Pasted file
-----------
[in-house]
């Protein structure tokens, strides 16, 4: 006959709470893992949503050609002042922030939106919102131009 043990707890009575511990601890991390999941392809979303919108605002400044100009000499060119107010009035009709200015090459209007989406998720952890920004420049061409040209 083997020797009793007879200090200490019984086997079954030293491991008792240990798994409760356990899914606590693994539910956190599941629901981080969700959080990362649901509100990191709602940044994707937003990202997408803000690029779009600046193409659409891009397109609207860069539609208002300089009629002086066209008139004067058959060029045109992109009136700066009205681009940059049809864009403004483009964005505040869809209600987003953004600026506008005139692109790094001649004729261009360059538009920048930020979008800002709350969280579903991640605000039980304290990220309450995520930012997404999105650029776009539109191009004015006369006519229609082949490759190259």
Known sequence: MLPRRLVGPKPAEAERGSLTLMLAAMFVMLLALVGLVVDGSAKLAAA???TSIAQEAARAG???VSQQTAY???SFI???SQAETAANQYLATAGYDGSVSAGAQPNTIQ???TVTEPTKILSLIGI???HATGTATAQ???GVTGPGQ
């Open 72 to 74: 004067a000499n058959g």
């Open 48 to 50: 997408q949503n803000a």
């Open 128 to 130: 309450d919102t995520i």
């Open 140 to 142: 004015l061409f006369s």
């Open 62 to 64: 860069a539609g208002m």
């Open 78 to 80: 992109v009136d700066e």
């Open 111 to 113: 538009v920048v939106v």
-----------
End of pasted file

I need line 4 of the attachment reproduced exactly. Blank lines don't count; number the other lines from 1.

């Open 72 to 74: 004067a000499n058959g």